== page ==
■ Fathers and Doctors: It’s almost impossible to have an in-depth discussion of the Church’s teaching without mentioning the ecclesiastical elephant in the room—St. Augustine, whose emphasis on divine sovereignty was distorted by the Protestant Reformers into the false doctrine of double predestination.
To be sure, there are some difficult passages in some of Augustine’s writings. The consensus among honest scholars is that Augustine’s views, even thought they could be misconstrued as supporting double predestination, are reconcilable with the tradition and teaching of the Church. (For further reading see the Catholic Encyclopedia article on predestinarianism, Fr. William Most’s analysis, and the summary of theologian Karl Barth, himself a Protestant.)
With that said, it’s equally clear that there are passages—indeed at least one entire text—in which Augustine is completely and unequivocally in line with the Church’s historic position on this question. One such text is On Rebuke and Grace, which really reads like an elaboration of the above canon from Trent. Although the text has its own interpretive difficulties, it is adamant that the divine will by which men are saved—the process of predestination—is not to be equated with the process by which the damned end up in hell.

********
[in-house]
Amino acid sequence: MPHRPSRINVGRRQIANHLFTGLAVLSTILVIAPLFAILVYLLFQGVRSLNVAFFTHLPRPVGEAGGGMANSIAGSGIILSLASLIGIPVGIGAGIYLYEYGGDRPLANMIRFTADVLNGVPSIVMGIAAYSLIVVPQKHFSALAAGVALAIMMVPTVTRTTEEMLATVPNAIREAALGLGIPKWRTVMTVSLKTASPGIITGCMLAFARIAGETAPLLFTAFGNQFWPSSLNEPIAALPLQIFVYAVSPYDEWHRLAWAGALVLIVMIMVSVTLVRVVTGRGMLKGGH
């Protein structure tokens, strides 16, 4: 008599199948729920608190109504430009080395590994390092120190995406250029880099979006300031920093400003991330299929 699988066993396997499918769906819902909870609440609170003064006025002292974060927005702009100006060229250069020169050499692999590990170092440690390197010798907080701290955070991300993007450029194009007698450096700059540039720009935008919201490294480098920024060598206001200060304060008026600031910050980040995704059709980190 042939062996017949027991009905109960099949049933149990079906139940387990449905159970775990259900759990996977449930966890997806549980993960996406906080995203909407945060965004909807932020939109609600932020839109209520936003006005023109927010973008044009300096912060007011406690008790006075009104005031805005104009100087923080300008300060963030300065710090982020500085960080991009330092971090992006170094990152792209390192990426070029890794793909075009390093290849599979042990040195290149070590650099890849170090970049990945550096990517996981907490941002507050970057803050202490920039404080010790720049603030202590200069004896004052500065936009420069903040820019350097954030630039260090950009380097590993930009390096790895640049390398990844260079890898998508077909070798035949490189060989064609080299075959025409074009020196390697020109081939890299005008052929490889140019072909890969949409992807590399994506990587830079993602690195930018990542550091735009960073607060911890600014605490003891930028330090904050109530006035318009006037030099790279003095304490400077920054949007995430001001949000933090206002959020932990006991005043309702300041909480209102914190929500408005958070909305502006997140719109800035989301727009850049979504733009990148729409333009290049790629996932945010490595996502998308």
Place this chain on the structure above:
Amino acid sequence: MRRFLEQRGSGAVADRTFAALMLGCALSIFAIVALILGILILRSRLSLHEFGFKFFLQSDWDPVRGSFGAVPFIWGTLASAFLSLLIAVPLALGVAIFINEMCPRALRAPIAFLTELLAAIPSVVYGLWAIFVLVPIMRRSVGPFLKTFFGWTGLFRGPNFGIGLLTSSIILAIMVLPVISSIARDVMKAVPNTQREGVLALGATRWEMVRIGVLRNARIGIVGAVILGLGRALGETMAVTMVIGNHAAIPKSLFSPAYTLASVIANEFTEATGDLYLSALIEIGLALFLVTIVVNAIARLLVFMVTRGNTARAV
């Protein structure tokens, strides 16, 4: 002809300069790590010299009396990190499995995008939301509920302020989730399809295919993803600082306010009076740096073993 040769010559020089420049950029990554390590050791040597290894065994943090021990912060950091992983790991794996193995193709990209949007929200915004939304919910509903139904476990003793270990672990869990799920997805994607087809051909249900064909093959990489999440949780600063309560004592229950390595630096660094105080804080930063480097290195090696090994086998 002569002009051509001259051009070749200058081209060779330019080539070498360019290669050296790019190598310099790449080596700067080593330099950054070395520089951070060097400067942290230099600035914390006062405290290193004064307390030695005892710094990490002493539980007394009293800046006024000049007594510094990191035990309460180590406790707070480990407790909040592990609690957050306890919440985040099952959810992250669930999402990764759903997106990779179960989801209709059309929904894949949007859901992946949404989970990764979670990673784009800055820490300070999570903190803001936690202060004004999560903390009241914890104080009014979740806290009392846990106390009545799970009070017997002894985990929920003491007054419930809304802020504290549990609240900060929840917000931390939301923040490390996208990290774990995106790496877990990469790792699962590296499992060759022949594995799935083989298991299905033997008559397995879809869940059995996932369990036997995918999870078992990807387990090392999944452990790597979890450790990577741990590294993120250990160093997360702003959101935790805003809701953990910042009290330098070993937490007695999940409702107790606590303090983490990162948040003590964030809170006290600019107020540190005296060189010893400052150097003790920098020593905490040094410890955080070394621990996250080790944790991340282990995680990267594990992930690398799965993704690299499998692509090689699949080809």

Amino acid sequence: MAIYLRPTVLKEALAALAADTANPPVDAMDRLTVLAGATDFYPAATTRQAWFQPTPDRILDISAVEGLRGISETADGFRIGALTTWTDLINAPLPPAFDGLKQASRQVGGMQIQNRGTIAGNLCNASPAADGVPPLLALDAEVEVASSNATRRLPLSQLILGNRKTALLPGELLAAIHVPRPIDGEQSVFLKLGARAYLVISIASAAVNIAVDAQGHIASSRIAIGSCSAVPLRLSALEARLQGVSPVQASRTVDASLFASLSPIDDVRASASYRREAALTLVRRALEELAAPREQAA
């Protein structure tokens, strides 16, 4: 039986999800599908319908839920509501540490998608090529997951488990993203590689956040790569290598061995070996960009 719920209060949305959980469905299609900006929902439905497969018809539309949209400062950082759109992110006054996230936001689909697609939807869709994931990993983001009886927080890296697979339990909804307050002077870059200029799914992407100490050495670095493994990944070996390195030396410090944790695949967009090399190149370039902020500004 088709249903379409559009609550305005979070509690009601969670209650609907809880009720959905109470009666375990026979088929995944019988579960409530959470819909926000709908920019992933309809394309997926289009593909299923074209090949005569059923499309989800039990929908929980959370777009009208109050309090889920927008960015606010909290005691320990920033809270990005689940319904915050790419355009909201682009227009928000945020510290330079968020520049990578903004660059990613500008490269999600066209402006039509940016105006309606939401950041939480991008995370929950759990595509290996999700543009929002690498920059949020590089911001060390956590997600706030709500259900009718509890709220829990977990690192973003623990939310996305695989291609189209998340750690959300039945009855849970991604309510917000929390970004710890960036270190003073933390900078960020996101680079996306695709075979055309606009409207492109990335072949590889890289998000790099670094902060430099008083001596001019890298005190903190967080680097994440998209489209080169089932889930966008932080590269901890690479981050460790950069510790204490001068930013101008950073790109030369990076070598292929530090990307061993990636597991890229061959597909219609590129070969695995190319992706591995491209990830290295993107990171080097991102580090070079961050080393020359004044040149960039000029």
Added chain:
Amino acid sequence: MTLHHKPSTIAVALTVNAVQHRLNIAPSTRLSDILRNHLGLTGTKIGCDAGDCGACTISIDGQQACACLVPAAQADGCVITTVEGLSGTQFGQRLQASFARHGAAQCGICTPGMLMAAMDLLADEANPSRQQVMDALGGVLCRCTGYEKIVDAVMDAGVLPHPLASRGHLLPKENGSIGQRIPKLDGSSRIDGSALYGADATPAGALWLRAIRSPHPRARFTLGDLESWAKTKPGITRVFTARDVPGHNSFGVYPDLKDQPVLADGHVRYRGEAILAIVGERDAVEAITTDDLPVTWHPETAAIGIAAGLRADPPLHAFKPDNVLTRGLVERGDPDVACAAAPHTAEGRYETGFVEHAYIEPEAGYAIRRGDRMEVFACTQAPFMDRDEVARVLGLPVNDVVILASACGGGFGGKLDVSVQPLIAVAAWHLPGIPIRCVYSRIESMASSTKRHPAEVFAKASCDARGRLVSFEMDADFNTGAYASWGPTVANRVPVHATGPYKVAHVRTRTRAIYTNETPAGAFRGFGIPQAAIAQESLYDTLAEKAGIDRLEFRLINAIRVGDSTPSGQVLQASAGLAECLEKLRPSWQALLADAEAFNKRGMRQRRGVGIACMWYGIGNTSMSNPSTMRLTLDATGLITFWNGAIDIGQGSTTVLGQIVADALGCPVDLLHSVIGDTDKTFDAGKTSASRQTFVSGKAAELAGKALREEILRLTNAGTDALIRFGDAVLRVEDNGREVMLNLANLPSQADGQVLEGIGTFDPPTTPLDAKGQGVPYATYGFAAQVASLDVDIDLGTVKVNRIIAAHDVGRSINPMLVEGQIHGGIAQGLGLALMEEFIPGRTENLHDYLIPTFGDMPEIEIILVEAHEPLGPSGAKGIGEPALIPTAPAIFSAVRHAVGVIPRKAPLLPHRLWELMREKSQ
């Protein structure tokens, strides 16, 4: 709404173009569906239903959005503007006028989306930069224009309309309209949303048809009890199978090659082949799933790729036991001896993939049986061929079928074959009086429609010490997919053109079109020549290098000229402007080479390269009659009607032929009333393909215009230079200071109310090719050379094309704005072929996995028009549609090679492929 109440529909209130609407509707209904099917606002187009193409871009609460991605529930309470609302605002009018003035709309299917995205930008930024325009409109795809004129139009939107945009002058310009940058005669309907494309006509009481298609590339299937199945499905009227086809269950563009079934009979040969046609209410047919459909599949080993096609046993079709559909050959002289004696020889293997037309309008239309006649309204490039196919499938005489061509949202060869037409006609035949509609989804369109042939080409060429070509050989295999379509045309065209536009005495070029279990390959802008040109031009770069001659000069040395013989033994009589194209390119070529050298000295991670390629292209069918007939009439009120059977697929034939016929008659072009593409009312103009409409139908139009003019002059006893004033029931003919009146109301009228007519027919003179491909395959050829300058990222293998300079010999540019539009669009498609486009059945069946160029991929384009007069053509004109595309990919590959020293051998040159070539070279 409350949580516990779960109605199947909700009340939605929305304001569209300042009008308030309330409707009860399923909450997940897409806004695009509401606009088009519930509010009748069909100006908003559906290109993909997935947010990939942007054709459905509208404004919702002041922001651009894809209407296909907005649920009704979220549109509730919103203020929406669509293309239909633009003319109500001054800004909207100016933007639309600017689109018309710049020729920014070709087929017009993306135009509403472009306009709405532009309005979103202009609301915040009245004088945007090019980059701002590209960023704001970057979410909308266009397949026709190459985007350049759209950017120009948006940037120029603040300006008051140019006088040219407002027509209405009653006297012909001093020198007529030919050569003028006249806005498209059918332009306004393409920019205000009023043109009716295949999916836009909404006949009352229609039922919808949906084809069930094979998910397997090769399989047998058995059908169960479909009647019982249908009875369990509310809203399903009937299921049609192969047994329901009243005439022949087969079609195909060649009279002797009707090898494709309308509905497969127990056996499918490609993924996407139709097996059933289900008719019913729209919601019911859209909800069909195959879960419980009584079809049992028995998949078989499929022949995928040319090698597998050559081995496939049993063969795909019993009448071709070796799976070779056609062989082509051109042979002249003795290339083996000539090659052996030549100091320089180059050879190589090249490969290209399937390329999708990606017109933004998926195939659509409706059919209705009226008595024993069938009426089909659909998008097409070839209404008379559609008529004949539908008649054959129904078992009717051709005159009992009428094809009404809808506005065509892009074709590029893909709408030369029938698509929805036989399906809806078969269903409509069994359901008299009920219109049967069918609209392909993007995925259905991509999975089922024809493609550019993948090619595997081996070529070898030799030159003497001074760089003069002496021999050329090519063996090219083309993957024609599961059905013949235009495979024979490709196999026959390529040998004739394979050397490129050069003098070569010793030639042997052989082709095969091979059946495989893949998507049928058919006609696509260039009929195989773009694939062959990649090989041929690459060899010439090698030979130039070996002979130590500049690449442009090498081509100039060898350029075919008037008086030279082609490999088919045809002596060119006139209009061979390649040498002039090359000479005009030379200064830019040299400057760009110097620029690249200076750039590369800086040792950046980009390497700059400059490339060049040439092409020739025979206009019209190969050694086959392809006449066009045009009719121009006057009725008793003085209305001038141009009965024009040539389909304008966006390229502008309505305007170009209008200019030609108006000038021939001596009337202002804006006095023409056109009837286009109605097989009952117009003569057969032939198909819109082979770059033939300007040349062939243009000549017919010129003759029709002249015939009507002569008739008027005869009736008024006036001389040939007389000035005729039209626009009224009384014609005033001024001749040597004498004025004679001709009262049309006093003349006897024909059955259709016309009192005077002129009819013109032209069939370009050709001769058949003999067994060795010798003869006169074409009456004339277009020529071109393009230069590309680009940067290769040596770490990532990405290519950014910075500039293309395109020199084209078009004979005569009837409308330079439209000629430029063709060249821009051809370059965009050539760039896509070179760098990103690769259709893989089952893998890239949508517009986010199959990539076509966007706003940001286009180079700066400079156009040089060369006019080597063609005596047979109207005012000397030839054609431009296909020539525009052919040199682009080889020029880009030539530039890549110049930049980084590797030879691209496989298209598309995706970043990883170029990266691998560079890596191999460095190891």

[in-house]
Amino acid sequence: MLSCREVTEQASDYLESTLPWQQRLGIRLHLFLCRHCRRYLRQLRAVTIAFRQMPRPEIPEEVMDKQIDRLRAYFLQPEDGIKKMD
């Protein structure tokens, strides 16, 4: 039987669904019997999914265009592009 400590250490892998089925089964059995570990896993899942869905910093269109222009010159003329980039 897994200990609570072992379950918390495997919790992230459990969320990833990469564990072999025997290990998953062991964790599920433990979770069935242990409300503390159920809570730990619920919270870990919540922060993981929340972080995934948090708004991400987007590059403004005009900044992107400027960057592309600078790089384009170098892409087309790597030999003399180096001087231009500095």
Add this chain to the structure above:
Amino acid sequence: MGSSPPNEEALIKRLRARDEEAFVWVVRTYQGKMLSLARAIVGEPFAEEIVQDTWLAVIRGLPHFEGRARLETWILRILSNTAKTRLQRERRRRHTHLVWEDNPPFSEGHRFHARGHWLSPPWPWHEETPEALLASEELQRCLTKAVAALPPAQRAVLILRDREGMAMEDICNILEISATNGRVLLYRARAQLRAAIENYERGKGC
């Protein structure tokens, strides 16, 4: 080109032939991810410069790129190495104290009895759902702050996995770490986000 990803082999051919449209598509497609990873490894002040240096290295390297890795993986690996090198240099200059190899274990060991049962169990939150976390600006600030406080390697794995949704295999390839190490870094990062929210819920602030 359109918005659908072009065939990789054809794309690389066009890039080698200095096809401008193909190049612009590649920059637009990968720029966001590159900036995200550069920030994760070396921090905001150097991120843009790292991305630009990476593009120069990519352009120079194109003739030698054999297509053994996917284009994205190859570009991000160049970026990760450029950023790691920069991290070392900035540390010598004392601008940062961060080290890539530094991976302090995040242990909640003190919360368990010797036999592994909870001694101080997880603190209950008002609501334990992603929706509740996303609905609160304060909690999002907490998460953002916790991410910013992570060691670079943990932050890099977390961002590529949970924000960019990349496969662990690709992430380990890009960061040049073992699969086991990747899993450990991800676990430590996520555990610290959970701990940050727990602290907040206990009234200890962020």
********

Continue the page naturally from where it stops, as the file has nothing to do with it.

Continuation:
Special mention must be made of St. Thomas Aquinas. With Aquinas we do not face the nagging difficulties that we do with St. Augustine, but he is nonetheless clear in his support for the doctrine of single predestination. The word predestination itself (or variants of it) appears hundreds of times in the Summa Theologica—approximately 430 including the table of contents—and the topic is addressed in discussions of the doctrine of God, the Incarnation, and the doctrines of grace and free will.
■ The Church today: Predestination remains a part and parcel of Church teaching today. The current catechism of the Church, promulgated in the 1990s under Pope John Paul II, gives clear expression to this teaching:
To God, all moments of time are present in their immediacy. When therefore he establishes his eternal plan of ‘predestination,’ he includes in it each person’s free response to his grace: “In this city, in fact, both Herod and Pontius Pilate, with the Gentiles and the peoples of Israel, gathered together against your holy servant Jesus, whom you anointed, to do whatever your hand and your plan had predestined to take place” [Acts 4:27-28]. For the sake of accomplishing his plan of salvation, God permitted the acts that flowed from their blindness.